After months of contentious negotiations, yesterday was finally Google's day in the music business spotlight with launch of both a new home for music on YouTube and its Music Key subscription service. But mega-manager Irving Azoff, who recently added performing rights advocate to his resume, had a different plan. After all, The Eagles, Pharrell Williams, John Lennon and the writers of the 20,000 songs that Azoff reps had not signed any new deal with YouTube.
What Azoff Really Wants
Azoff told The Hollywood Reporter that he is prepared to pull 42 of his clients – which include The Eagles, Pharrell Williams, Boston, Foreigner, John Lennon, Smokey Robinson and George and Ira Gershwin catalog representing a total of 20,000 songs – off all of YouTube including the new Music Key service.
What does Azoff – who has never been afraid of a public fight – really want?
Higher royalties would be the obvious answer. But in a week when Taylor Swift vs. Spotify dominated the headlines, Azoff also sees an opportunity position himself and his Global Music Rights organization as tougher artist advocates than his more established rivals BMI, ASCAP and SESAC. It's a roll he has played for those artists in his care before.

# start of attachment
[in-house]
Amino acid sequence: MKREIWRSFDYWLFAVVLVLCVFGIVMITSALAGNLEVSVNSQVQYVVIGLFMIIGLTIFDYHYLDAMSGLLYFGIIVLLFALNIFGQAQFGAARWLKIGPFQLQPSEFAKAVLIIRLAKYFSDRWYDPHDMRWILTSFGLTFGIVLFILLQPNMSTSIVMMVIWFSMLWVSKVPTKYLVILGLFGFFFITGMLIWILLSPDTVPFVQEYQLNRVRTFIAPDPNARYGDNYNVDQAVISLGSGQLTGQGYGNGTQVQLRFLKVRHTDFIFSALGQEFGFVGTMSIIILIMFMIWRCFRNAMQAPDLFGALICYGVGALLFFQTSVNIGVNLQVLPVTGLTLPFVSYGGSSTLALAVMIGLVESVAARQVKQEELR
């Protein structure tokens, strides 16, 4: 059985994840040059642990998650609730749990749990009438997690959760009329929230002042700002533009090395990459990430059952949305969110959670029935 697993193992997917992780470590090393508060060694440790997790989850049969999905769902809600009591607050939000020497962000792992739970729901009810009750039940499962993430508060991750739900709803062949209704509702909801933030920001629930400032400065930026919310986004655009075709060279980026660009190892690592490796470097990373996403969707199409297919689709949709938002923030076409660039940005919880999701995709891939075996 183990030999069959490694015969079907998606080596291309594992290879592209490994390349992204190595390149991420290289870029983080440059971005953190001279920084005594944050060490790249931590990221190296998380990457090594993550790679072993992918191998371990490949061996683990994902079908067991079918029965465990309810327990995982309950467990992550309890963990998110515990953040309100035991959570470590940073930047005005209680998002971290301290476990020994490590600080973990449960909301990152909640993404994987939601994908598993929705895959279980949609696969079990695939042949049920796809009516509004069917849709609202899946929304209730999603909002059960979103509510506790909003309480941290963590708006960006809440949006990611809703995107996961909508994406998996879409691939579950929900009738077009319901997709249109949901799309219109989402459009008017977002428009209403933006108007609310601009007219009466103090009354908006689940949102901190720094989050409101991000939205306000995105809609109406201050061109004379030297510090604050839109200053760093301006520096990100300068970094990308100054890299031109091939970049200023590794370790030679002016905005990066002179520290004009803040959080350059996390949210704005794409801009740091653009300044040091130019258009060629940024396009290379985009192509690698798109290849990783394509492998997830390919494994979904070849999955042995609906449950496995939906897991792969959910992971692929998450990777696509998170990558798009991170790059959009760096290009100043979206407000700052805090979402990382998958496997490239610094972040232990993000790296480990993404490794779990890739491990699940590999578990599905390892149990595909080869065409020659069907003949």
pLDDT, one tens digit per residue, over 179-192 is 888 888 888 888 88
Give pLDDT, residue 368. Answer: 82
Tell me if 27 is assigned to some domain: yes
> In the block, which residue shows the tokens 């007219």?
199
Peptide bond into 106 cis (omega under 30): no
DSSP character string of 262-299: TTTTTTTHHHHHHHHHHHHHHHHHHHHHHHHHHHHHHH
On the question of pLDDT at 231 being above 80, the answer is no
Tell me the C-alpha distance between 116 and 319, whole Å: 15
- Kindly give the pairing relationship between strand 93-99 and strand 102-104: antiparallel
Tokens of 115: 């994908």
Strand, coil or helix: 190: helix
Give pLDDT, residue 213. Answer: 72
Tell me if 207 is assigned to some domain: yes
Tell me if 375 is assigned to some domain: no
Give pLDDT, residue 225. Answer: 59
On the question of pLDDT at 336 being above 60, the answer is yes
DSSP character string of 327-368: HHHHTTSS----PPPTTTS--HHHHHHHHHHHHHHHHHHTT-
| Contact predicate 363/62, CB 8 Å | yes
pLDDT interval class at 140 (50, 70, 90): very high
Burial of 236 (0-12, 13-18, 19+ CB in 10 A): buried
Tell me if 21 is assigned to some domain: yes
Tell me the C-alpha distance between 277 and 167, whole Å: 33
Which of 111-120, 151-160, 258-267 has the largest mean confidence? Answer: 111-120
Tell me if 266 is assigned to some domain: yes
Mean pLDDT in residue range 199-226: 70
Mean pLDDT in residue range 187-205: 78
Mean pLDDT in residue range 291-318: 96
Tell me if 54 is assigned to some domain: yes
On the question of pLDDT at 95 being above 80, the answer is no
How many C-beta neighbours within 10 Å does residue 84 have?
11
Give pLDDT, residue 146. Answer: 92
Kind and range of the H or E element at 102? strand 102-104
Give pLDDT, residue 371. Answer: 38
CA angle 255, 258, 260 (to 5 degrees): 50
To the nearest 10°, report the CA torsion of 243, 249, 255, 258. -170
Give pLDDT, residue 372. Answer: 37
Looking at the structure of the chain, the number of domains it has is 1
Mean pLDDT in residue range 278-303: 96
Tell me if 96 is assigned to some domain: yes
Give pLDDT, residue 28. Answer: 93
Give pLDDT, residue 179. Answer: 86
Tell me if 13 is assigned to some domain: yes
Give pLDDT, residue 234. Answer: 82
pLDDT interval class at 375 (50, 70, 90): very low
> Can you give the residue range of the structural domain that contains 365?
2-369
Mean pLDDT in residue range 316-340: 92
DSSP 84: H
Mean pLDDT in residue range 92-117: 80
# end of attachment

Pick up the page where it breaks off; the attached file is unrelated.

"The way fans listen to music is evolving daily," says Azoff. "GMR is going to give songwriters and publishers an opportunity to engage in meaningful licensing for their intellectual property. The trampling of writers' rights in the digital marketplace without any regard to their contribution to the creative process will no longer be tolerated."